Some special event professionals craft success out of a simple mix of talent and passion. But others find that all of their hard work never pays off financially. What's missing? It could be their unbusinesslike approach to running their own business.
Carolyn Dempsey-Arcuri has operated Carolyn Dempsey Design for 11 years, but she has worked to up her game by participating in the Goldman Sachs “10,000 Small Businesses” initiative. The program takes small-business owners through courses in accounting, marketing, human resources and other management essentials, along with providing one-on-one mentoring and pro bono legal advice from Goldman Sachs professionals. The goal: to help small businesses grow, create jobs and build more prosperous neighborhoods.
The first “10kSB” class graduated in September 2010; more than half of them report double-digit year-over-year revenue growth, and more than 75 percent say they have hired new staff.
Here, Dempsey-Arcuri shares her experiences:
SPECIAL EVENTS: How did you find the program?
DEMPSEY-ARCURI: My mother found an article in the New York Times and sent it to me with a note saying, “You should apply to this; they are helping small businesses achieve their goals! Love, Mom.” So I did just that. I applied, was called in for an interview and was accepted into “Cohort IV” being taught at LaGuardia Community College in Long Island City, N.Y.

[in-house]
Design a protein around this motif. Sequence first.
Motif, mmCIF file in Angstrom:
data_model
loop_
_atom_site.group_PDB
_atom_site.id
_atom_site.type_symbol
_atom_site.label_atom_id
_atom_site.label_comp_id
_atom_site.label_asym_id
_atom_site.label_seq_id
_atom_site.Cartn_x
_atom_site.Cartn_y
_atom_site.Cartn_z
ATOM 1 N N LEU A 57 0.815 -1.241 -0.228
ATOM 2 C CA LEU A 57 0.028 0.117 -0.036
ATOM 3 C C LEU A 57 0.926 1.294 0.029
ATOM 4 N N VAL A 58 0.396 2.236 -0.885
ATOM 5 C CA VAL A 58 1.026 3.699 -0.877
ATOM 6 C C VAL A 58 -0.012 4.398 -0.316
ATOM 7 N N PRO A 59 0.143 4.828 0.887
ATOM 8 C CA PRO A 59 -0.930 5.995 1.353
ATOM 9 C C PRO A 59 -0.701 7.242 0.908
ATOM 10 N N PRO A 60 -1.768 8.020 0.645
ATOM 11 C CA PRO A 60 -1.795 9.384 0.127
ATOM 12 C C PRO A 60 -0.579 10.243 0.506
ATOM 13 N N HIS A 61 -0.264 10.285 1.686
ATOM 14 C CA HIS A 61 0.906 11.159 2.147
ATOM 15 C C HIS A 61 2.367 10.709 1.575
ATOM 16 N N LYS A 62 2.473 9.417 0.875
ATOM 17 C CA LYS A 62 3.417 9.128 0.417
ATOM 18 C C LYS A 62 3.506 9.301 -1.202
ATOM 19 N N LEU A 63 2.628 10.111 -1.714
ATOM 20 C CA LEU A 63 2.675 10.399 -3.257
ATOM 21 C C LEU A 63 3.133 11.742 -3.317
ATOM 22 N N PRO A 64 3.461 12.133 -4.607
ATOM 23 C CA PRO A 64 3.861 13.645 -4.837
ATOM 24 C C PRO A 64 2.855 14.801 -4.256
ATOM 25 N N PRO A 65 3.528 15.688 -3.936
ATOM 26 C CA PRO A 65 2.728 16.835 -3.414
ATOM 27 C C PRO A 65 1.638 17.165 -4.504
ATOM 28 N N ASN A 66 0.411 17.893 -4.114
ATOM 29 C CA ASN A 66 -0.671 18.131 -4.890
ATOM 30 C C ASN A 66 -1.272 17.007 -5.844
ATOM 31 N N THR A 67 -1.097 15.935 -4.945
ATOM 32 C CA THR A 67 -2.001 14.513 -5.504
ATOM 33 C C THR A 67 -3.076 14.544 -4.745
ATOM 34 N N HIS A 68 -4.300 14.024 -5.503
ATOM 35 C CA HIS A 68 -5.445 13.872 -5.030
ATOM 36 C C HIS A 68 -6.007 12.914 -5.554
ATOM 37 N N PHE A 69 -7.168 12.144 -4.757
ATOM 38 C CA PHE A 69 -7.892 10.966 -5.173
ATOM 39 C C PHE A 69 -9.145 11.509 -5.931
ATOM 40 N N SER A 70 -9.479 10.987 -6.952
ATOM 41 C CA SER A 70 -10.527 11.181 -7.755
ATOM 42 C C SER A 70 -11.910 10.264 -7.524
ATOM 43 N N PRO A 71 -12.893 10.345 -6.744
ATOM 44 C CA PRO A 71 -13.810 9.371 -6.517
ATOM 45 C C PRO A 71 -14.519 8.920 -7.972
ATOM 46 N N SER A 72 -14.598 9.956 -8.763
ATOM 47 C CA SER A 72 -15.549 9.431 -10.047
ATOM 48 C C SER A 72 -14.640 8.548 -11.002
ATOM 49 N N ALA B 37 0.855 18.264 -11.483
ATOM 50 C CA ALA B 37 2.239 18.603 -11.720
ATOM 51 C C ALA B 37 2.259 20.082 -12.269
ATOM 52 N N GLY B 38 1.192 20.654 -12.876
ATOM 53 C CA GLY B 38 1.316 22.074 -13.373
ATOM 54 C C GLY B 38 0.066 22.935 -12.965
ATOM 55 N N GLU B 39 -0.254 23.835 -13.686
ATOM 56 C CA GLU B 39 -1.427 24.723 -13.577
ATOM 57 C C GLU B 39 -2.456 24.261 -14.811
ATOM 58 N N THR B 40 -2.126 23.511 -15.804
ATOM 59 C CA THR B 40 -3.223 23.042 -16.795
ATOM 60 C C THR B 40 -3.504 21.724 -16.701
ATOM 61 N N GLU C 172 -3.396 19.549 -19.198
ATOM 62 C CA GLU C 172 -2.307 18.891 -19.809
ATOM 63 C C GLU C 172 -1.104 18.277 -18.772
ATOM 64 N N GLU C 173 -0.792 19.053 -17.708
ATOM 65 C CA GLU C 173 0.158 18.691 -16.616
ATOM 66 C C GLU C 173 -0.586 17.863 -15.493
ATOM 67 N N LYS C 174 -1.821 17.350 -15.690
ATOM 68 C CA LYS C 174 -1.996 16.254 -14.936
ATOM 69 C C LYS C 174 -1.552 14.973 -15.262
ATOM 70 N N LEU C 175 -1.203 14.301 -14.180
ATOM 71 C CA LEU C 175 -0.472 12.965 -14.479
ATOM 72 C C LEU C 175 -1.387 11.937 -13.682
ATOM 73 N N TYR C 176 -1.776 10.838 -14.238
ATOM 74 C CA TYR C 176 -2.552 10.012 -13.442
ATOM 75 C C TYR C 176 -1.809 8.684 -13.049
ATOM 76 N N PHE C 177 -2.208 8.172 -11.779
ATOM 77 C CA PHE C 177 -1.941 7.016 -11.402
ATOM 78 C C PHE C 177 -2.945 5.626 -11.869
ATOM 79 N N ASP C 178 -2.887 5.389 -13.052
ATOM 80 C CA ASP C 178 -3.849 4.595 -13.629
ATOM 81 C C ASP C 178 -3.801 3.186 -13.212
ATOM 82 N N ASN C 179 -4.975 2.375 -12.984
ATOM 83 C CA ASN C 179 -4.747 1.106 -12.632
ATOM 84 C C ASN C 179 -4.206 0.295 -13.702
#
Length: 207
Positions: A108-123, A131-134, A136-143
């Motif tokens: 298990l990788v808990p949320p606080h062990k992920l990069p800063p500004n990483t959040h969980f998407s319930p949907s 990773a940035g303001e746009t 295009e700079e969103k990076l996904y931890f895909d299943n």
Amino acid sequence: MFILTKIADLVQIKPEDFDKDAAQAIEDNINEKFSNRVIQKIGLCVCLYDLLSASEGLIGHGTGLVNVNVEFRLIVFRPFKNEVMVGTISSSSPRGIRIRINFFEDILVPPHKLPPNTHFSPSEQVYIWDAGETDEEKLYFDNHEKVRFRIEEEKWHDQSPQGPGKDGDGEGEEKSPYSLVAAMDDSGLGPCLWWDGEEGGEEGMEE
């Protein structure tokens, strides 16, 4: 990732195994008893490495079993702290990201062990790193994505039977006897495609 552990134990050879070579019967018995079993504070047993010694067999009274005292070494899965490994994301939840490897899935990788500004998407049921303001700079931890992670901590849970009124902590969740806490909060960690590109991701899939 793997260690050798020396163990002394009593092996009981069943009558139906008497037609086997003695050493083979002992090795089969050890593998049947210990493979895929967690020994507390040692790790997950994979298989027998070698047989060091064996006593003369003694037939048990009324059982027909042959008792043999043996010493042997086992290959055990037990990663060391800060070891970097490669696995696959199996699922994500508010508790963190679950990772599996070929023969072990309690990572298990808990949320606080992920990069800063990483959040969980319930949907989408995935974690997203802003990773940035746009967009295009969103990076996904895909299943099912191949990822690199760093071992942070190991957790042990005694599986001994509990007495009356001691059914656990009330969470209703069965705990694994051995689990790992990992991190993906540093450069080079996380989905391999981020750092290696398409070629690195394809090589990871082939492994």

Q: Is it like getting an MBA?
A: It is likened to a crash course over three months where you are challenged to map a course for business growth and the development of the CEO mind-set. As a “creative” in the special events world, I never truly considered myself to be a CEO.
The program has focused me and helped me to develop a growth plan over the next year, three years and five years, expanding to 10 years. It has reinvigorated me through this country's economic downturn, as well as my staff. We all are excited about our personal growth as well as our company's growth.
Q: Did you scale back your business to do this?
A: OK, don't be discouraged, but it is an 11-session course taught over a three-month period. My cohort sessions took place on Fridays and Saturdays; every cohort is different. Yes, I said Saturday. I almost choked when they told me that — you would think it was the kiss of death for someone in the event world. But I viewed it as an opportunity to better educate myself, grow my company and inspire my employees.
At first I thought, how I am going to do this? I realized after 11 years, I have a thoroughly capable and supportive team under me and all I needed to do was to take a leap of faith and to trust in their abilities. Not only did I get to step away from my business and work on it rather than in it, but my team had the opportunity to fully manage their individual events! It was great, and that leap is beginning to pay off tenfold.
Q: What did you get out of it in the end?
A: A journey full of opportunities, a fresh, reinvigorated new perspective, a great network of resources — mentors, business advisors, a growth group alliance, 10kSB alumni — and a living, breathing document called a growth plan.
Q: Would you recommend it to other event people?
A: I would highly recommend it to everyone. [Editor's note: Kathy Miller, president of Chicago-based Total Event Resources and ISES' president-elect, is now going through the program.] You are put in a cohort with 25 to 30 other businesses from all walks of life, all different industries, and you realize that we all have the same issues, needs and, most of all, shared vision for the growth of our businesses that we love so much. Read more from Carolyn Dempsey-Arcuri in “The Last Word” on page 46.
Goldman Sachs 10,000 Small Businesses www.goldmansachs.com/citizenship/10000-small-businesses